Your donors know as well as you do that larger gifts are essential to your nonprofit’s continuation and expansion, so they want to make the most significant gifts that they can. Corporate matching gift programs have been shown to motivate donors: the majority of them say that more likely to donate if they know that their gift will be matched. Your organization can help them feel better about their contributions and receive larger donations simultaneously by encouraging eligible donors to participate in their employers’ matching gift programs.
3. Employment of a feedback loop.
Most nonprofits don’t listen very much to their supporters because it’s challenging to listen to so many voices. So, unfortunately, instead, they just spray messages at them. It’s mostly one-way. Yours! But listening is an essential part of any dialogue. You simply can’t build trusting, committed relationships without genuine dialogue. And, you can’t raise money without trusting, committed relationships. Therefore, listening must become at least 80% of your communication strategy.
But how can you listen to hundreds, thousands or millions of supporter voices? It’s only possible if you employ technologies to capture your supporters’ “verbatims” (self-reported information) and digital body language (online engagement including clicks, views, downloads, time online, recency of their online visit, how frequently they engage online, how much time they spend on your site, and so on). Of course, right now MarketSmart is the only technology firm that offers these kinds of technologies to support the fundraising sector. They help fundraisers cut costs, optimize what they do, and raise big gifts efficiently. The feedback loop is deployed in our donor survey, micro-site and automated “drip” email platforms.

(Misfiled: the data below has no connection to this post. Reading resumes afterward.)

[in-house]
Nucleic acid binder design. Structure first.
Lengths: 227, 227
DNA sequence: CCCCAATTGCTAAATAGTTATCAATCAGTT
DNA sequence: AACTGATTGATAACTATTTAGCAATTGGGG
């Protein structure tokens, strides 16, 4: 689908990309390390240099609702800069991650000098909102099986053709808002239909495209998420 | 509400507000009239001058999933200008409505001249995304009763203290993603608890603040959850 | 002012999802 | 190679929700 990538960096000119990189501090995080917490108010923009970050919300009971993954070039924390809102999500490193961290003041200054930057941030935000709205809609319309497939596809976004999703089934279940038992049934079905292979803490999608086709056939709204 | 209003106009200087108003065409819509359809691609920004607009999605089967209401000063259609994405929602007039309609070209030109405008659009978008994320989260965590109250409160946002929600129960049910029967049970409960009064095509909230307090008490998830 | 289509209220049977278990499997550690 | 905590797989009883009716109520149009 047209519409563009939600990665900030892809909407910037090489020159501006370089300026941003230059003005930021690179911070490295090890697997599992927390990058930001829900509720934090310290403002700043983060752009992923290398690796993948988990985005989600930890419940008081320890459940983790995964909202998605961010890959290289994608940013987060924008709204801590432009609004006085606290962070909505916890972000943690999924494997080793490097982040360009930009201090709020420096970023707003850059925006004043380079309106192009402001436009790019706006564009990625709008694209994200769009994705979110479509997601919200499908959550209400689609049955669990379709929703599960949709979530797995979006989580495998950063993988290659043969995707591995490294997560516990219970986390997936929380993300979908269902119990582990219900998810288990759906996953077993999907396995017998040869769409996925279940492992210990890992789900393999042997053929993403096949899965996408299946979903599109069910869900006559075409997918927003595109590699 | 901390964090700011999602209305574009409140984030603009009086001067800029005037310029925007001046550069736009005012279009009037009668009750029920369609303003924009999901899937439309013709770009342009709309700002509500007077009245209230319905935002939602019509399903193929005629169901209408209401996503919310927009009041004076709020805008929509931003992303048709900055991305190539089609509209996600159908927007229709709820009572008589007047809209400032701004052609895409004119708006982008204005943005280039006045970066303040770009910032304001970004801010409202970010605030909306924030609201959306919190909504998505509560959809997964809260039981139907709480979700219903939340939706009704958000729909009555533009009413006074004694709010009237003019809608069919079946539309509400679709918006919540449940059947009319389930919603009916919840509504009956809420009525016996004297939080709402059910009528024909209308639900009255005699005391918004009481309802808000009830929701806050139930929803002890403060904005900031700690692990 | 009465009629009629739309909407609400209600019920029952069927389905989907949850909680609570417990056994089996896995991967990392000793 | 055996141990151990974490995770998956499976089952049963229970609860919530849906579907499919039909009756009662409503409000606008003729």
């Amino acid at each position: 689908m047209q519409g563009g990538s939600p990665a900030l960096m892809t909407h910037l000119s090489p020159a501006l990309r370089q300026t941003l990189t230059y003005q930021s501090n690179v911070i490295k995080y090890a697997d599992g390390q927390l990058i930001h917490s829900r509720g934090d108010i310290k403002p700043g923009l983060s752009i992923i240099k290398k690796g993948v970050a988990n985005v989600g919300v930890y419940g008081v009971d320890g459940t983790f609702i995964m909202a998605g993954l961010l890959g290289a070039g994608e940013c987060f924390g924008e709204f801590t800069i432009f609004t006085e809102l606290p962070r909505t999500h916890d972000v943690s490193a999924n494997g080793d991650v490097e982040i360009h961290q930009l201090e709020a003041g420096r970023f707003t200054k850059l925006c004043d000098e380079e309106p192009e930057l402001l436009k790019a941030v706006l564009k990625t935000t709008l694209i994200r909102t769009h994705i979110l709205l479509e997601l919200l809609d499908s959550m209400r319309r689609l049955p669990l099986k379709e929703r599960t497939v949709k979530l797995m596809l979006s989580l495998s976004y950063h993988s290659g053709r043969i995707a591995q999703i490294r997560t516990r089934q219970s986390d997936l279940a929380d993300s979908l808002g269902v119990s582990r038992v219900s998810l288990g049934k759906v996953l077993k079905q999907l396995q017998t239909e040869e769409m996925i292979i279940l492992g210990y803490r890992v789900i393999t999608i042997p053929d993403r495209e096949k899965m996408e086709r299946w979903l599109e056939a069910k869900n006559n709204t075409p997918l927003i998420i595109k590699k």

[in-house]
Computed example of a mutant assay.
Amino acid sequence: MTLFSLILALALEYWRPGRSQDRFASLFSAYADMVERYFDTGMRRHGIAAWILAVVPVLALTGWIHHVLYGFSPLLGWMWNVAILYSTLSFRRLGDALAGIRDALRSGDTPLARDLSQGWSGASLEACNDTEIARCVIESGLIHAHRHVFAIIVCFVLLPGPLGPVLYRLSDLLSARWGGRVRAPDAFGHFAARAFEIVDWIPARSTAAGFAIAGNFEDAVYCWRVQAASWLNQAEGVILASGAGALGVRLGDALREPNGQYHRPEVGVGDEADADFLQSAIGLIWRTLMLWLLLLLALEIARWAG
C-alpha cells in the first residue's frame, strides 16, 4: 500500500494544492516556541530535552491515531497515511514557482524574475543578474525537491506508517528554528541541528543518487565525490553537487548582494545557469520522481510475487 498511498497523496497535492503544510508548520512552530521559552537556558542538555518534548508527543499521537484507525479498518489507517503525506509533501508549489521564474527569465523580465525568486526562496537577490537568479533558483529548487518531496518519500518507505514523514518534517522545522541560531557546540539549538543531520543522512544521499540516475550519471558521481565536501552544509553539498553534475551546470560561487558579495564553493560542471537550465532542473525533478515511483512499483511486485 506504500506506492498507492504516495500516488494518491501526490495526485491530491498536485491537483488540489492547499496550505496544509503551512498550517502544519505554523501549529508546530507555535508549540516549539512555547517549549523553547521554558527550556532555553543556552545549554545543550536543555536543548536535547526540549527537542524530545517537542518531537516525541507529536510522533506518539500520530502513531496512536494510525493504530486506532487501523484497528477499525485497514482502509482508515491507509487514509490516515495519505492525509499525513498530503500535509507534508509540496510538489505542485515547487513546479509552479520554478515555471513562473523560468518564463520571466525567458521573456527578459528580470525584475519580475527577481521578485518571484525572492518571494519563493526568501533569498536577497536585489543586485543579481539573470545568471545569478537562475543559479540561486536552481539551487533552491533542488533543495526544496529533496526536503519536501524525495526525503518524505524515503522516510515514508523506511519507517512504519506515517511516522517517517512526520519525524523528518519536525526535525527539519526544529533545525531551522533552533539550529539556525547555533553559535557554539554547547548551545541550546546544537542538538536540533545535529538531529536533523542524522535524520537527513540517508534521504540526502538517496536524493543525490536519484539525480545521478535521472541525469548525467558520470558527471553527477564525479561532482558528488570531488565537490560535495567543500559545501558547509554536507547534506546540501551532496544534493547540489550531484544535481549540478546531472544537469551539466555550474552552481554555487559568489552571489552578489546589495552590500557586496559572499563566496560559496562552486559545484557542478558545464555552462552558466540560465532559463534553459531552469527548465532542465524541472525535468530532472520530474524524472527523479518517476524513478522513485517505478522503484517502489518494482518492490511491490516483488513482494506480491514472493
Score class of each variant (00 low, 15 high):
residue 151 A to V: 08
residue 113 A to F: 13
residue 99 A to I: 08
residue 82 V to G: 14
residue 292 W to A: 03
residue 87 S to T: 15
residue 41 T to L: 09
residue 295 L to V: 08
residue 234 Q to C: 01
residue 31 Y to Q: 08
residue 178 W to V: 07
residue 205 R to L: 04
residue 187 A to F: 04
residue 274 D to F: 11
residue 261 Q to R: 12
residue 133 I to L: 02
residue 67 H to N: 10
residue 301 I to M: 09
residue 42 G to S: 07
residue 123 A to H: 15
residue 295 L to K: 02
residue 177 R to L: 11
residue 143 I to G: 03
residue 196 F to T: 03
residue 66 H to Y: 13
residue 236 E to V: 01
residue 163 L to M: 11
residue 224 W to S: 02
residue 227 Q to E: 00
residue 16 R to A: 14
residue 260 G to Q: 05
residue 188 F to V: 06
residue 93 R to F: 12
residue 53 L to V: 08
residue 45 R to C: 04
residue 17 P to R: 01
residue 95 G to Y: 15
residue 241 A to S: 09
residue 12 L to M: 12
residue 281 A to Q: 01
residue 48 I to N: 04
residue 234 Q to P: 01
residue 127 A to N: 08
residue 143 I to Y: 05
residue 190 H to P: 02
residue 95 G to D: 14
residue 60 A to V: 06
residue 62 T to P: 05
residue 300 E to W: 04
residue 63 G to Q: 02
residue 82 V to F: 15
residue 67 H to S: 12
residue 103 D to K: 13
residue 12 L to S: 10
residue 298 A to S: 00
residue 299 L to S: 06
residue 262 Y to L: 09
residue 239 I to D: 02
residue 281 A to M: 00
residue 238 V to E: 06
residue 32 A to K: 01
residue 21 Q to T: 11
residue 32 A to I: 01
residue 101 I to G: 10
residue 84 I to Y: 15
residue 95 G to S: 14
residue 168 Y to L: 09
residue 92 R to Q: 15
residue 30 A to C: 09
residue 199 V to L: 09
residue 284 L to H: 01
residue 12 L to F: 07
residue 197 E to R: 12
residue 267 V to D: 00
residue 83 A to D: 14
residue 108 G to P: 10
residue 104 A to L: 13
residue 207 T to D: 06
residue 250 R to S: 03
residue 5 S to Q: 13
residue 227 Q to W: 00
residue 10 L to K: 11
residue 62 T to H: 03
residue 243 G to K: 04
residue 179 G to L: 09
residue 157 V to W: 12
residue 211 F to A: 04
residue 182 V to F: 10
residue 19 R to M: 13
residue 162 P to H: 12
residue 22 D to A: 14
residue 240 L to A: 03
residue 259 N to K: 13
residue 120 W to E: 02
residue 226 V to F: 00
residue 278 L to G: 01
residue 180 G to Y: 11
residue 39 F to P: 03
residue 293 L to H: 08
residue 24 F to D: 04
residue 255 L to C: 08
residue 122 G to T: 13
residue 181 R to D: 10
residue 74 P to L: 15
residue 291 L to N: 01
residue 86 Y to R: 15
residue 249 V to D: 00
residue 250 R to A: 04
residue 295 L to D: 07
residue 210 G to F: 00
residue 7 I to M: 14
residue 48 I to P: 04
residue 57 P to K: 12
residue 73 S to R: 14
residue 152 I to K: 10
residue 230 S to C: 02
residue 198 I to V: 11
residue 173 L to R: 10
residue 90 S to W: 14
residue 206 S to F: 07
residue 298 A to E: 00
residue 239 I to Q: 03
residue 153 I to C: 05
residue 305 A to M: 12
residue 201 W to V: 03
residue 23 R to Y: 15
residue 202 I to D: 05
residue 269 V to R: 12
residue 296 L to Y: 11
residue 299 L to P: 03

But, you can cobble together your own feedback loop using your own tools for donor surveys, online chat tools, micro-sites, telemarketing efforts, face-to-face encounters and so on. It’s expensive but can it be done.
4. Valuable engagement offers.
Once you accept the Pareto Principle, understand why people give and begin to employ a feedback loop, you’ll need to draw people into your marketing funnel. This is where it gets fun and interesting because the development of valuable engagement offers frees you from interruptive, off-putting, spray-and-pray fundraising outreach efforts. Instead, offers give you a chance to give to your donors (rather than asking them to give to you).
The law of reciprocity states that you are more likely to receive if you give first. Plus, it has been proven that the person who gives first usually receives a gift in return from the original recipient that far exceeds the value of the first person’s gift (by exponential measures).